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A 2 Hour Toy Commercial!

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ITbeast View Drop Down
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Post Options Post Options   Quote ITbeast Quote  Post ReplyReply Direct Link To This Post Topic: A 2 Hour Toy Commercial!
    Posted: July 17 2007 at 12:40pm
Originally posted by saturnwatcher

So, as a general rule, the tastes of the American people are running toward big, loud and dumb? I guess someone has finally explained the popularity of Rush Limbaugh.

Saturnwatcher, Not everything that comes out has to have an agenda or political message. Like Head RAZZ said, "its mercenary purpose of being a money-making machine". For once I think Michael Bay delivered the goods where Transformers was concerned, and made a very enjoyable popcorn flick. However, both my son and I agree that "Live Free or Die Hard" delivered the goods in spades. He is already bugging me about when it will come out on DVD.

The "Networking IT" Movie Buff!

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Post Options Post Options   Quote saturnwatcher Quote  Post ReplyReply Direct Link To This Post Posted: July 17 2007 at 5:06pm

I think Michael Bay delivered the goods to his investors while creating a movie that wasn't awful, but was almost completely lacking in anything imaginative that might have actually "transformed" this particular movie going experience into something unique. If there is a grave sin in Hollywood these days, it lies in the temptations toward driving down the easy, safe, proven and dumbed down highway. I don't think we should give them a pass.

 As for my various lampoons on moviewiz guy's "big, loud and dumb" remarks, the targets were both easy and obvious. There was no intent to assign politcal motivations to the movie, but rather to assign the appropriate absurdity to moviewiz guy's description.

Nine times out of ten, in art as in life, there is no truth to be discovered, only an error to be exposed.--H.L. Menken
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Post Options Post Options   Quote bruin_522 Quote  Post ReplyReply Direct Link To This Post Posted: July 21 2007 at 5:53pm
And obviously, this film's definitely become a major Box Office Hit of 2007, right now, after Friday's results, it's standing at $248.4 Million at the U.S. Box Office. Once again, Michael Bay has made another major Box Office Hit...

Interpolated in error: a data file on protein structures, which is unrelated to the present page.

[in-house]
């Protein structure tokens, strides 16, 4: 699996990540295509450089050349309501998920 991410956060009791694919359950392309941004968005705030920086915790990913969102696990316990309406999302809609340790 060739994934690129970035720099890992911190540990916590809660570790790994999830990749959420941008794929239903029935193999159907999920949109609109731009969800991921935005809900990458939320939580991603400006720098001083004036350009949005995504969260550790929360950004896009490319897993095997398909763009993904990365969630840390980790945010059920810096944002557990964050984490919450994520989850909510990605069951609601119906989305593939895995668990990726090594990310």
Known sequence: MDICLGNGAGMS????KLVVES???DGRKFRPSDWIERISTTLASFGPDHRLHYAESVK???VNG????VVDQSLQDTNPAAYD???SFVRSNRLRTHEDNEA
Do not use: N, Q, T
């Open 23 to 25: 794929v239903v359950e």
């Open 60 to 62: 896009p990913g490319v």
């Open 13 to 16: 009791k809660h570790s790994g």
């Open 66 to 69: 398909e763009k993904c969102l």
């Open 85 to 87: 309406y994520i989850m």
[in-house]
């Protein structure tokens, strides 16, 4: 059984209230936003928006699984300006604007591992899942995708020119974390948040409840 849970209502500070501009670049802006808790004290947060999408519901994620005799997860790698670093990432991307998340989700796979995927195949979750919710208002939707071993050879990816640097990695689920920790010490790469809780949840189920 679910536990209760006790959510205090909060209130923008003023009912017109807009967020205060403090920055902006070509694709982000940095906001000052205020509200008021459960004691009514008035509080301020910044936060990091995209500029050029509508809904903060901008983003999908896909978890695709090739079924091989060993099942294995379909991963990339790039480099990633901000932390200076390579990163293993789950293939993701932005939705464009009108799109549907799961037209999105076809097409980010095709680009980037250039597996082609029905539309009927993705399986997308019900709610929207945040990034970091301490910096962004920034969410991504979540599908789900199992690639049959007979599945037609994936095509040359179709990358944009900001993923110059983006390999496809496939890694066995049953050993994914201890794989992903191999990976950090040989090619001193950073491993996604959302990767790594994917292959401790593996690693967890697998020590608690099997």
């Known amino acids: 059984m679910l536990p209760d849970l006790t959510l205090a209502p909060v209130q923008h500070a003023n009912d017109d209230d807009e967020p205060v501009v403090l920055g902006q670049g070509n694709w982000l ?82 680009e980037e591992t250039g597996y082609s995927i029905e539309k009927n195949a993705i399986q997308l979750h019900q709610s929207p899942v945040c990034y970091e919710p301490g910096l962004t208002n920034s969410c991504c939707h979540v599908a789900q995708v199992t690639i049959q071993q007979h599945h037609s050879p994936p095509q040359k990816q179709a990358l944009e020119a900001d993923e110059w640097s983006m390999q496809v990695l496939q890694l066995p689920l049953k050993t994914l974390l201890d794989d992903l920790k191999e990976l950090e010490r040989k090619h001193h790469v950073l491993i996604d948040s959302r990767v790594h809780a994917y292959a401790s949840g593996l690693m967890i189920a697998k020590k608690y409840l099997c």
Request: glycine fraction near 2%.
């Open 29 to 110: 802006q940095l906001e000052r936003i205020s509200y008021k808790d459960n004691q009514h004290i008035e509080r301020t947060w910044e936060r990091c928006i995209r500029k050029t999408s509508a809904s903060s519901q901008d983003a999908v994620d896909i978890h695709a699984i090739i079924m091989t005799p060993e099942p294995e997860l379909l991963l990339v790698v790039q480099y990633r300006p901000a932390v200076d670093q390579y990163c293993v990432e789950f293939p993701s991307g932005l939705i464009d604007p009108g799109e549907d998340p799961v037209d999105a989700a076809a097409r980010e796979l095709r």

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Post Options Post Options   Quote saturnwatcher Quote  Post ReplyReply Direct Link To This Post Posted: July 23 2007 at 10:48am

Yeah, but this is a country where a guy once got incredibly rich selling people pet rocks...and people actually go see Adam Sandler movies! I think this movie would have made $250 million even if Ed Wood had made it. Just once, wouldn't you like to see someone with a track record for originality and actual cinematic capability tackle a project like this?

Originally posted by bruin_522

And obviously, this film's definitely become a major Box Office Hit of 2007, right now, after Friday's results, it's standing at $248.4 Million at the U.S. Box Office. Once again, Michael Bay has made another major Box Office Hit...

Nine times out of ten, in art as in life, there is no truth to be discovered, only an error to be exposed.--H.L. Menken
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Post Options Post Options   Quote Criss808 Quote  Post ReplyReply Direct Link To This Post Posted: July 28 2007 at 8:56am
I thought the special effects were great. Other than that, the movie was just okay...
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Post Options Post Options   Quote dipitlow555 Quote  Post ReplyReply Direct Link To This Post Posted: July 31 2007 at 5:14am
This isn't my kind of movie, but I think Shia LaBeouf is still a great actor. But this should be nominated for something like Worst Waste of Hype.
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Post Options Post Options   Quote ITbeast Quote  Post ReplyReply Direct Link To This Post Posted: July 31 2007 at 9:34am

It would have been very interesting to see what the the concept of the film would have been likeif Spielberg had helmed the project himself, and not delegated it to Bay.

Anyways, overall, we'll just have to wait till the next Bay-helmed movie completely stumbles, because this one has not.

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Post Options Post Options   Quote Movie Man Quote  Post ReplyReply Direct Link To This Post Posted: August 02 2007 at 5:23am

I've seen this movie twice, and I hope the CGI effects alone get an Oscar nomination.

Response from Head RAZZberry: Since best Special Visual Effects is the lone Oscar category where Academy members pay attention to box office receipts, I think it's a reasonable bet that TRANSFORMERS will be nominated. And, since the two often seem to go hand-in-hand where Oscar voters are concerned, it will likely also get a Best Sound nomination...